|Department of Public Information • News and Media Division • New York|
5791st Meeting (AM)
UNRESOLVED QUESTIONS IN TIMOR-LESTE MUST BE ADDRESSED QUICKLY,
HEAD OF VISITING MISSION SAYS IN BRIEFING TO SECURITY COUNCIL
Fate of Military Deserters, 100,000 Internally Displaced Persons Cited
While all 15 political parties in Timor-Leste, including the main opposition party, were working together in Parliament and elsewhere, the unresolved issue of soldiers who had deserted the military and the fate of 100,000 internally displaced persons currently settled in about 53 camps must be addressed as soon as possible, Dumisani Kumalo (South Africa), head of the recent Security Council mission to that country, said this morning.
During a briefing on the Council mission to Timor-Leste from 24 November to 1 December, Mr. Kumalo said it was crucial that the country’s Government, with the support of the United Nations and the international community, work together in the short term to improve the living conditions of internally displaced persons. The Timorese must own their fate and differences between the ruling Alliance for Parliamentary Majority (AMP) and Fretelin, the main opposition party, must be resolved through political dialogue, reconciliation and political engagement. The conflict between the two sides was mainly over the constitutionality and legitimacy of the current Government as well as its ability to govern.
He said the legacy of the 2006 violence and its aftermath continued to haunt Timor-Leste’s political leadership, as did weak institutions, the lack of capacity and governance difficulties. However, the general political and security situation remained calm and stable, but fragile. While the Timorese people had high expectations, the new Government, installed 100 days ago, was grappling to establish policies and institutions, including the national budget. The collective view was that the question of internally displaced persons, military deserters –- the so-called “petitioners” -- and the unresolved case of Major Alfredo Reinado caused uncertainty and divisions among the people and the leadership.
Mr. Kumalo said members of the mission had met with Timor-Leste’s President, Prime Minister and Foreign Minister, as well as members of the judiciary, the National Parliament and political parties, including the leader of the main opposition party. They had also met with non-governmental organizations and representatives of the United Nations Mission in Timor-Leste (UNMIT), and conducted field visits in the districts of Liquica and Baucau, outside the capital, Dili.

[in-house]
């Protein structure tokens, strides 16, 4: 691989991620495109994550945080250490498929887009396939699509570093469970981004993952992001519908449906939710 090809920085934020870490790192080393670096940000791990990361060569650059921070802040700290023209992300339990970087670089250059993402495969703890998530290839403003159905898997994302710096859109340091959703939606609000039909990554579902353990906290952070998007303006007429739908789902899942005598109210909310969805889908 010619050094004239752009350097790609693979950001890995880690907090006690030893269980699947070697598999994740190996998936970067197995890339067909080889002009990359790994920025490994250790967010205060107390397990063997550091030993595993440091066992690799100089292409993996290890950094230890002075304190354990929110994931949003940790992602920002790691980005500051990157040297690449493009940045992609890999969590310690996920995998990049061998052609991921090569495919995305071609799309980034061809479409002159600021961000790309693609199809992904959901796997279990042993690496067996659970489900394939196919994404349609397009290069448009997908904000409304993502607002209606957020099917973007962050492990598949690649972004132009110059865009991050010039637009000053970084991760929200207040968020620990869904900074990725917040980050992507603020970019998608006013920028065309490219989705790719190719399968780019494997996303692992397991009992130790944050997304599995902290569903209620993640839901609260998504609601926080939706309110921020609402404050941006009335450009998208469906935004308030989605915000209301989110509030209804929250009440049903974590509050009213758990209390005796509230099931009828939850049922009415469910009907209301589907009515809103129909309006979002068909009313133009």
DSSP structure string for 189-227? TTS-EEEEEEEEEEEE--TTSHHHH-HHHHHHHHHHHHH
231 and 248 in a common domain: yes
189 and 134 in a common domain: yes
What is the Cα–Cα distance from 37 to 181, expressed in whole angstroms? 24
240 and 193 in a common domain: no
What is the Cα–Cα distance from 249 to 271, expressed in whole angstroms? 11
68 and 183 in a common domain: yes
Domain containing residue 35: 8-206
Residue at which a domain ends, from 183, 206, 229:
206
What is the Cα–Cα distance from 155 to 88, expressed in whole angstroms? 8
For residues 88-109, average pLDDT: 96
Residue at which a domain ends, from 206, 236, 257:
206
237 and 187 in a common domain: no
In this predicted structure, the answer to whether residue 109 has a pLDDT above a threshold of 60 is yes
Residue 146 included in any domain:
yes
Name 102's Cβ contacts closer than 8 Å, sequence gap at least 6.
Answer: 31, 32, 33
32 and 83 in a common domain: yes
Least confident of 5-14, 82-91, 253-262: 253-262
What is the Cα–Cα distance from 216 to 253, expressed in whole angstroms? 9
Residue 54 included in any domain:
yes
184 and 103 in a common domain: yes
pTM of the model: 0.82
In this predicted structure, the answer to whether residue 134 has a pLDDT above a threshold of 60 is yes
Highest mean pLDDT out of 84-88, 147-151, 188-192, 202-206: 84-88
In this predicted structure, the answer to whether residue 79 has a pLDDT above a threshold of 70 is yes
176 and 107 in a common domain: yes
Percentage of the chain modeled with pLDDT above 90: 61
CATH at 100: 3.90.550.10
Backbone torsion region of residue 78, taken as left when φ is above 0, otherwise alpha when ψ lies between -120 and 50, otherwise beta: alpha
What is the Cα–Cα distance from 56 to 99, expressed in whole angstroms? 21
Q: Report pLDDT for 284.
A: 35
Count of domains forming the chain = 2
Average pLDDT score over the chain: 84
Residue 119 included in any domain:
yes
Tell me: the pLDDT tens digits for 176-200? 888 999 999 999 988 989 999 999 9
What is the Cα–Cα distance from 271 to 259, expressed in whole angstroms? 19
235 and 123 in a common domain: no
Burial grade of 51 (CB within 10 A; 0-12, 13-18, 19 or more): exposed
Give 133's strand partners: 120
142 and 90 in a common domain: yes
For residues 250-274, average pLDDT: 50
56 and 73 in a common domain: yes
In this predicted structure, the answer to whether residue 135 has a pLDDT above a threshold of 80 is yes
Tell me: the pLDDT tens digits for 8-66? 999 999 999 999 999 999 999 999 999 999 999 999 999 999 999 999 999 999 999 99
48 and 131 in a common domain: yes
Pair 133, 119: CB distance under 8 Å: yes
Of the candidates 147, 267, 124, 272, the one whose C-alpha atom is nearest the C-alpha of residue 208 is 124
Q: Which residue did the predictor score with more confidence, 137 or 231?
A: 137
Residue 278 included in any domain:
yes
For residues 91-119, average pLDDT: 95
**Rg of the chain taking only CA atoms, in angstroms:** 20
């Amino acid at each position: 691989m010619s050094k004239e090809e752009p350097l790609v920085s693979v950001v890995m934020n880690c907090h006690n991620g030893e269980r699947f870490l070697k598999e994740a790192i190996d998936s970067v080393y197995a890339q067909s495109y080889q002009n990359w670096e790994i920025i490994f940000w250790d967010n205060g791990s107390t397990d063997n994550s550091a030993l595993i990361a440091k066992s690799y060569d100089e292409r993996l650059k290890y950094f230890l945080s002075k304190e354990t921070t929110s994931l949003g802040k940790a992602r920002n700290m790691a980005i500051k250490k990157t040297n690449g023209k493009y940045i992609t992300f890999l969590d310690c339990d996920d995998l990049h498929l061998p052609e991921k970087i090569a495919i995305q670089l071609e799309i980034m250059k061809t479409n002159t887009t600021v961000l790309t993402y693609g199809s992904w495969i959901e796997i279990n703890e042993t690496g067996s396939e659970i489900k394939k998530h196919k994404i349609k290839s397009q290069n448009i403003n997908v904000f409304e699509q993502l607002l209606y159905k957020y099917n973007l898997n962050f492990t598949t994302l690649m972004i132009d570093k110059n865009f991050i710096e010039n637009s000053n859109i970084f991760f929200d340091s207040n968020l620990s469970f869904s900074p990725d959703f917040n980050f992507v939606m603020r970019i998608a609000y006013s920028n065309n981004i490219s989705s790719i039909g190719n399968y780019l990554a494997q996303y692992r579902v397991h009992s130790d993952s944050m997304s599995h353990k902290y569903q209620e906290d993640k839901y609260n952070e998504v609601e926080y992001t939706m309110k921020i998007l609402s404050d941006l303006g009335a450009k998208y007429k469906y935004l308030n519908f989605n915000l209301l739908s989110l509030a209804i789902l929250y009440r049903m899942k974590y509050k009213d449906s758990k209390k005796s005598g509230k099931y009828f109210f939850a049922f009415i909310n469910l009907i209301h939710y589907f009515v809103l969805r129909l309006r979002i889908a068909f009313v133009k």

Despite the challenges facing the country, the mission had been encouraged by its well-functioning democracy, he said, pointing out, however, that the security and justice sector needed strengthening. The national police (PNTL) and the national defence force (F-FDTL) urgently needed reform, and it was to be hoped that the role of the United Nations Political Office in Timor-Leste (UNPOL) would be reviewed to ensure maximum results. A team of experts from the Department of Peacekeeping Operations must be sent to assess the situation and seek ways to improve it. Everyone the mission had met had called for UNMIT’s continued presence in the country.
He said that, in spite of the challenges associated with the results of the parliamentary elections earlier this year, a new Government was in place, political parties were represented in Parliament and civil society seemed to be flourishing. On the other hand, the country faced enormous challenges associated with the political differences among leaders in resolving critical issues and socio-economic differences relating to widespread unemployment and poverty. The plight of the internally displaced persons remained a big task. Still, the country was on the right path towards regaining peace, stability, unity and prosperity.
Following the briefing, Nelson Santos, Permanent Representative of Timor-Leste to the United Nations, said that, although considerable progress had been made since April 2006, there was no reason for complacency. The people and Government of Timor-Leste were doing their best to achieve stability, free the people from poverty and free the United Nations of its obligations. The international community faced a number of critical situations that were more serious. Timor-Leste did not wish to create a culture of dependency, having always struggled to be independent and self-sufficient. However, the continued support of the United Nations was important for the country’s further stabilization and for strengthening peace and democracy.
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